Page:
Hungarian lawmakers approve tax increases

Banking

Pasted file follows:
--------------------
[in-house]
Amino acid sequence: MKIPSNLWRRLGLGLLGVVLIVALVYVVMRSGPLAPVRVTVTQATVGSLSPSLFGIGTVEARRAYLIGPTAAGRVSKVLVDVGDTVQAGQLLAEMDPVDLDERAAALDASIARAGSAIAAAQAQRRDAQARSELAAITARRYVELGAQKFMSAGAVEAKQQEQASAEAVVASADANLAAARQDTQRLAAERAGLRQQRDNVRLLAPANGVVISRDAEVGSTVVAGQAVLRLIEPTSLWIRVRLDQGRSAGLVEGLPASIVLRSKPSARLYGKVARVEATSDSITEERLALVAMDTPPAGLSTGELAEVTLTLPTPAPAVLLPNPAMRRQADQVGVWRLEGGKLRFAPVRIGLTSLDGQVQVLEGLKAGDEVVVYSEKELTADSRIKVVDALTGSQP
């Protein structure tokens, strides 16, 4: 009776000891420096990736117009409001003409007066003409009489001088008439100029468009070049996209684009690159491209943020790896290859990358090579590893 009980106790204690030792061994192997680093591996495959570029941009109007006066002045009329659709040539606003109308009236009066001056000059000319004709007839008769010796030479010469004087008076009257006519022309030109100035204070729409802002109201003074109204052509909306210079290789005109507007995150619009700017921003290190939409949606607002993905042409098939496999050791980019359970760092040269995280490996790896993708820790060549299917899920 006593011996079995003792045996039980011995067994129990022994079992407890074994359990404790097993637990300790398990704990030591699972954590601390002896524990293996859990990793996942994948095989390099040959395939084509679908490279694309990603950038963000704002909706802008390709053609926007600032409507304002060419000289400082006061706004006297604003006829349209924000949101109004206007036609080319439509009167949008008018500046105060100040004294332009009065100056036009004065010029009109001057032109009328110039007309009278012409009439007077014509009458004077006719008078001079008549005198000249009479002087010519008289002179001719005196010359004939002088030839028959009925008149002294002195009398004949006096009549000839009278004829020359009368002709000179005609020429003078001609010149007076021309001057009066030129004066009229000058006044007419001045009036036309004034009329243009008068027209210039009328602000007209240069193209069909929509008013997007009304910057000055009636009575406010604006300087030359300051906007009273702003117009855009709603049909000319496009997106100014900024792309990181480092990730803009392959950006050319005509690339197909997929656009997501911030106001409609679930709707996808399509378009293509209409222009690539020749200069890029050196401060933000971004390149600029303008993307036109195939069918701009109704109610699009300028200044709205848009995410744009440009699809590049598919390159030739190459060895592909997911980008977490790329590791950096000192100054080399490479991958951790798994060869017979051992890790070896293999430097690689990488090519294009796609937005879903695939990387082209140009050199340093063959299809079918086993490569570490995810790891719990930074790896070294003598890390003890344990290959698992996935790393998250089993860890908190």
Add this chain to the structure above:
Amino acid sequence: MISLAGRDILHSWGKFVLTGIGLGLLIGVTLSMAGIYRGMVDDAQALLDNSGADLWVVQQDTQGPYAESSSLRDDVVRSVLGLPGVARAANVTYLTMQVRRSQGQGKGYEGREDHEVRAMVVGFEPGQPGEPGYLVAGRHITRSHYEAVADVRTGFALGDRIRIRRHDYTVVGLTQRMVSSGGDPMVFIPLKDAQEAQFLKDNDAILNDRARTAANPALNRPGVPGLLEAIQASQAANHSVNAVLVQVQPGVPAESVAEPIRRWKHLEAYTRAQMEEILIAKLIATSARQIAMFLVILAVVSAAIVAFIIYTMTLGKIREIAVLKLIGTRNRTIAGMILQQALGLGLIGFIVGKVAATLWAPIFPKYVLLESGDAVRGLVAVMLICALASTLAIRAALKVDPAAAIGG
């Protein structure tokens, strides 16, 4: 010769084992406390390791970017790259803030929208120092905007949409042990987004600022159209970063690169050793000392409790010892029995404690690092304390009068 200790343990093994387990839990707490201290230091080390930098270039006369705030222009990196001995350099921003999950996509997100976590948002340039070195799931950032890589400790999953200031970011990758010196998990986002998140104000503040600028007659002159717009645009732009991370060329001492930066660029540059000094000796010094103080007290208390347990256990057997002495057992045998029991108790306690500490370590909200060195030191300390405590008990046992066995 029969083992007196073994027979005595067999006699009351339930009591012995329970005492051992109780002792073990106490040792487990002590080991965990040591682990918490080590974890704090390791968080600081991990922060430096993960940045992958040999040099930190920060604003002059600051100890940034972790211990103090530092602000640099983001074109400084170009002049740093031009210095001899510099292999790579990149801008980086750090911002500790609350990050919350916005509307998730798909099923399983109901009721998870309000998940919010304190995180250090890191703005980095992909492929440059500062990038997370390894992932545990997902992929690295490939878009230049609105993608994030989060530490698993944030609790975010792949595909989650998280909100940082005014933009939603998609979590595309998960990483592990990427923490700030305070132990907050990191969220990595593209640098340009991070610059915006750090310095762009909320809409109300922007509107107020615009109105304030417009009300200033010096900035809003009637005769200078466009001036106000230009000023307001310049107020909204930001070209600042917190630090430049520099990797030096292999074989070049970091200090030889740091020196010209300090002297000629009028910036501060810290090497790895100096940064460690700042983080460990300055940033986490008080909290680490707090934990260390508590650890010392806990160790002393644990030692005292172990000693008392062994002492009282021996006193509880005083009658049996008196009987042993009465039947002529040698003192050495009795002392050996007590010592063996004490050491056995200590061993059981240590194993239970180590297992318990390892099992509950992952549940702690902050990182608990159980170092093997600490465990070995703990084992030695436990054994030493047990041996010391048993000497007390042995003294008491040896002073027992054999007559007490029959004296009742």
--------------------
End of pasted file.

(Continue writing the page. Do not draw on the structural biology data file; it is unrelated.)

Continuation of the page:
Hungarian lawmakers approved tax measures proposed by Prime Minister Ferenc Gyurcsány's government late yesterday as part of a plan to cut the European Union's largest budget deficit to a third in two years. Of the country's 386 lawmakers elected in the April election, 196 voted in favor, 152 voted against and 38 were absent at the vote, according to parliament's Web site. The measures include a higher value-added tax rate, an increase in corporate and personal income taxes and a new capital gains tax. Hungary's budget deficit is the EU's largest compared with the size of its economy. Gyurcsány is under pressure from the EU, credit rating companies and the central bank to trim the shortfall, which is on track to miss the government's target for a fifth year. “This ensures that the measures proposed by the government for 2006 and 2007 will reach the goal we set,” Finance Minister János Veres said in a press conference yesterday. “Then we can freely decide when to adopt the euro.” The government plans to cut the budget deficit to about 3% of gross domestic product by 2008 from a revised target of 8% this year. The measures approved yesterday would slice FT 350 billion ($1.6 billion) from the deficit this year. Gyurcsány says, that these problems root from the fact that the government started reducing taxes, increased social spending and in the same time started enormous constructions. These three things summed up, he added, a smaller tax reduction would have meant more. Balance itself, the prime minister stated, does not have a political orientation. (Bloomberg, MTI)

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